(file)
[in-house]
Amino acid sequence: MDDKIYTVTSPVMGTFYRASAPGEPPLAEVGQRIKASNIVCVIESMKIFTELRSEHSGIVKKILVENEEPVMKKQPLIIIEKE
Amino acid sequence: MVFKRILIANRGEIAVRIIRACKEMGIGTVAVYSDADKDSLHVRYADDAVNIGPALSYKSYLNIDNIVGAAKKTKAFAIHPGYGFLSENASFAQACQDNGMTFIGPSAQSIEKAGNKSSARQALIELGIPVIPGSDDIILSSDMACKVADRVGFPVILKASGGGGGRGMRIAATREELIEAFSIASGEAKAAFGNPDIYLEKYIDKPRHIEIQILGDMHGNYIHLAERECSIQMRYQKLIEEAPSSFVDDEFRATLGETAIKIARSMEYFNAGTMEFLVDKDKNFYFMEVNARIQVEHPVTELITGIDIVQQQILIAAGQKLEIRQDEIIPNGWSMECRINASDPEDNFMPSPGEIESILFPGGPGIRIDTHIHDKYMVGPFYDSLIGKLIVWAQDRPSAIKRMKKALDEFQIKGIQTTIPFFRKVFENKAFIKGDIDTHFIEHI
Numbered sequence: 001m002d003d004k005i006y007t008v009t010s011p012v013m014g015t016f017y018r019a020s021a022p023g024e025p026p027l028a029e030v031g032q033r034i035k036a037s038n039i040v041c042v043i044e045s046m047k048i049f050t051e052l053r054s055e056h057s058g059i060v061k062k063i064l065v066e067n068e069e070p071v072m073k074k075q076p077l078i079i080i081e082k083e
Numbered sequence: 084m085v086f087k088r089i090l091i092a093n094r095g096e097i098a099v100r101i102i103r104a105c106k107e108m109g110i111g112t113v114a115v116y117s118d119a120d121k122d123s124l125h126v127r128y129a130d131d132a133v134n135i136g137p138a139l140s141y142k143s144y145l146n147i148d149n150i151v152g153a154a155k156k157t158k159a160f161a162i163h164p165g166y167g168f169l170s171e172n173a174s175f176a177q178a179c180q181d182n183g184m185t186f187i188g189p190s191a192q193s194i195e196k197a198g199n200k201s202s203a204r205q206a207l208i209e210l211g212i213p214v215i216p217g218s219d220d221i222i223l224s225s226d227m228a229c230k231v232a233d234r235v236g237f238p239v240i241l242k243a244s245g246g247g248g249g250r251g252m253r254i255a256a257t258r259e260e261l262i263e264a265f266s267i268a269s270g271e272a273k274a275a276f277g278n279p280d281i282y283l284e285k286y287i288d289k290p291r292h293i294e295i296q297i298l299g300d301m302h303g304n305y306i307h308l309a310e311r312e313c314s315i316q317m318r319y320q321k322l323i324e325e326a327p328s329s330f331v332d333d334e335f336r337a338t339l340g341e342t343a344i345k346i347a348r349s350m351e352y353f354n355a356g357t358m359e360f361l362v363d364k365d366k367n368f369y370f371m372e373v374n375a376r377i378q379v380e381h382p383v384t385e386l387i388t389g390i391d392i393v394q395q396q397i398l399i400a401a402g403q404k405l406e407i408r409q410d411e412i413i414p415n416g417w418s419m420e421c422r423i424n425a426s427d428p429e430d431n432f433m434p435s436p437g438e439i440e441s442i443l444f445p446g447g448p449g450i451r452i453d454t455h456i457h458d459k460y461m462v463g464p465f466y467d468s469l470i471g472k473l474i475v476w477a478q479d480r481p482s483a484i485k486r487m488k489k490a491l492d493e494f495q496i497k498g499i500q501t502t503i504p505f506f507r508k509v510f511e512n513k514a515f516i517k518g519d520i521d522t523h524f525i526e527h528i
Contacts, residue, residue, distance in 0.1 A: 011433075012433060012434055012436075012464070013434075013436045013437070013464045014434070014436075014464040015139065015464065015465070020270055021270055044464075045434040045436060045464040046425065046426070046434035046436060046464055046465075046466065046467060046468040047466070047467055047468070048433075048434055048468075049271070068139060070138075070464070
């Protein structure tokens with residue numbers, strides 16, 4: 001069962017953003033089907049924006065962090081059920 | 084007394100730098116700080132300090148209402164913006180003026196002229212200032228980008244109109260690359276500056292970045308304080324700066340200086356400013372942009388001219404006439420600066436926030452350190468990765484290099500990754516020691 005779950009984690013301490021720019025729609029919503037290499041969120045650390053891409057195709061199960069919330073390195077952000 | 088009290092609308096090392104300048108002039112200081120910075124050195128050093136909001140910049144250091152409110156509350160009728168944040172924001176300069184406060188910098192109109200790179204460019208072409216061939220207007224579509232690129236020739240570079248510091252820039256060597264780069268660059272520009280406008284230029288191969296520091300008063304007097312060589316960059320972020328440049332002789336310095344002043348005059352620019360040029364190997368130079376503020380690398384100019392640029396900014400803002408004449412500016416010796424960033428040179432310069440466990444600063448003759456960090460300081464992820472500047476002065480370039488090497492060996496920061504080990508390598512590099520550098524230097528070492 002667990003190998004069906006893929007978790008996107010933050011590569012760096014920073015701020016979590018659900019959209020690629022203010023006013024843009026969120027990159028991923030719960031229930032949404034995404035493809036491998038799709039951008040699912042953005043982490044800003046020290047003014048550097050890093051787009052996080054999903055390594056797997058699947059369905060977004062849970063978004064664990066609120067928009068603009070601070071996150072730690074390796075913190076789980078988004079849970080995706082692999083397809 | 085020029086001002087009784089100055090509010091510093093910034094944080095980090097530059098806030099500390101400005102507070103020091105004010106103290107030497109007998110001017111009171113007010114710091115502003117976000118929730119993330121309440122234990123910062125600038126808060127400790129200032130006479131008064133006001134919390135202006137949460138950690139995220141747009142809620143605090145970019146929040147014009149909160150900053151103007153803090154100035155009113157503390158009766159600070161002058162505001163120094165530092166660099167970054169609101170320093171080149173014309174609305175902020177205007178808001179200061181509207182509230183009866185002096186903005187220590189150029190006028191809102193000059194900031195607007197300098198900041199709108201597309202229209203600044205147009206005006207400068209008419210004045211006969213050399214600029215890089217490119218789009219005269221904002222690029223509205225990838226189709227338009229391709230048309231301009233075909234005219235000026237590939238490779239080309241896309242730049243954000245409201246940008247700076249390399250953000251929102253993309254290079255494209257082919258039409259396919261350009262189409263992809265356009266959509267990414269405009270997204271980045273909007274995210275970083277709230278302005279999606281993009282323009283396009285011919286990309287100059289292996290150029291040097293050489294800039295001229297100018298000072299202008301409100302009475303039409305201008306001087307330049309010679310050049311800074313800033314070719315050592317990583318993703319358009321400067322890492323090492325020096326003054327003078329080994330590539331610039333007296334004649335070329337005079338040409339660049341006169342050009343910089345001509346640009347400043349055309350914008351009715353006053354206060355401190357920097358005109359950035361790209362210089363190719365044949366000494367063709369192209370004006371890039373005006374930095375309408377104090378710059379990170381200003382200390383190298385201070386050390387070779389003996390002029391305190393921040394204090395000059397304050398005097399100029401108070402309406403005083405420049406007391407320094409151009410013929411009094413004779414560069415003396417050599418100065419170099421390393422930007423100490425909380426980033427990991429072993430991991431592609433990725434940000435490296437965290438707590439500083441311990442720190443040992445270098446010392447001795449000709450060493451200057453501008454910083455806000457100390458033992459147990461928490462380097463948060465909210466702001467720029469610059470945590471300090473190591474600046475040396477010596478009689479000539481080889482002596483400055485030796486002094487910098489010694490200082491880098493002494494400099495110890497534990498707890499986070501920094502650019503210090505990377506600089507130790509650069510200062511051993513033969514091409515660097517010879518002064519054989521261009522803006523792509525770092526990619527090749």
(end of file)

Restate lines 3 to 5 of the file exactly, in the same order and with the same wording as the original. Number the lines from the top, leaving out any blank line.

Amino acid sequence: MVFKRILIANRGEIAVRIIRACKEMGIGTVAVYSDADKDSLHVRYADDAVNIGPALSYKSYLNIDNIVGAAKKTKAFAIHPGYGFLSENASFAQACQDNGMTFIGPSAQSIEKAGNKSSARQALIELGIPVIPGSDDIILSSDMACKVADRVGFPVILKASGGGGGRGMRIAATREELIEAFSIASGEAKAAFGNPDIYLEKYIDKPRHIEIQILGDMHGNYIHLAERECSIQMRYQKLIEEAPSSFVDDEFRATLGETAIKIARSMEYFNAGTMEFLVDKDKNFYFMEVNARIQVEHPVTELITGIDIVQQQILIAAGQKLEIRQDEIIPNGWSMECRINASDPEDNFMPSPGEIESILFPGGPGIRIDTHIHDKYMVGPFYDSLIGKLIVWAQDRPSAIKRMKKALDEFQIKGIQTTIPFFRKVFENKAFIKGDIDTHFIEHI
Numbered sequence: 001m002d003d004k005i006y007t008v009t010s011p012v013m014g015t016f017y018r019a020s021a022p023g024e025p026p027l028a029e030v031g032q033r034i035k036a037s038n039i040v041c042v043i044e045s046m047k048i049f050t051e052l053r054s055e056h057s058g059i060v061k062k063i064l065v066e067n068e069e070p071v072m073k074k075q076p077l078i079i080i081e082k083e
Numbered sequence: 084m085v086f087k088r089i090l091i092a093n094r095g096e097i098a099v100r101i102i103r104a105c106k107e108m109g110i111g112t113v114a115v116y117s118d119a120d121k122d123s124l125h126v127r128y129a130d131d132a133v134n135i136g137p138a139l140s141y142k143s144y145l146n147i148d149n150i151v152g153a154a155k156k157t158k159a160f161a162i163h164p165g166y167g168f169l170s171e172n173a174s175f176a177q178a179c180q181d182n183g184m185t186f187i188g189p190s191a192q193s194i195e196k197a198g199n200k201s202s203a204r205q206a207l208i209e210l211g212i213p214v215i216p217g218s219d220d221i222i223l224s225s226d227m228a229c230k231v232a233d234r235v236g237f238p239v240i241l242k243a244s245g246g247g248g249g250r251g252m253r254i255a256a257t258r259e260e261l262i263e264a265f266s267i268a269s270g271e272a273k274a275a276f277g278n279p280d281i282y283l284e285k286y287i288d289k290p291r292h293i294e295i296q297i298l299g300d301m302h303g304n305y306i307h308l309a310e311r312e313c314s315i316q317m318r319y320q321k322l323i324e325e326a327p328s329s330f331v332d333d334e335f336r337a338t339l340g341e342t343a344i345k346i347a348r349s350m351e352y353f354n355a356g357t358m359e360f361l362v363d364k365d366k367n368f369y370f371m372e373v374n375a376r377i378q379v380e381h382p383v384t385e386l387i388t389g390i391d392i393v394q395q396q397i398l399i400a401a402g403q404k405l406e407i408r409q410d411e412i413i414p415n416g417w418s419m420e421c422r423i424n425a426s427d428p429e430d431n432f433m434p435s436p437g438e439i440e441s442i443l444f445p446g447g448p449g450i451r452i453d454t455h456i457h458d459k460y461m462v463g464p465f466y467d468s469l470i471g472k473l474i475v476w477a478q479d480r481p482s483a484i485k486r487m488k489k490a491l492d493e494f495q496i497k498g499i500q501t502t503i504p505f506f507r508k509v510f511e512n513k514a515f516i517k518g519d520i521d522t523h524f525i526e527h528i